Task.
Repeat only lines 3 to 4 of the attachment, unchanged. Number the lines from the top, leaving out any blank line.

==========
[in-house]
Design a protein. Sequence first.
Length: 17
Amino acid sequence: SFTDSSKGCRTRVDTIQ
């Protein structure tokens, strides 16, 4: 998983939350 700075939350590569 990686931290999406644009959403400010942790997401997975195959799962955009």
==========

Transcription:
Length: 17
Amino acid sequence: SFTDSSKGCRTRVDTIQ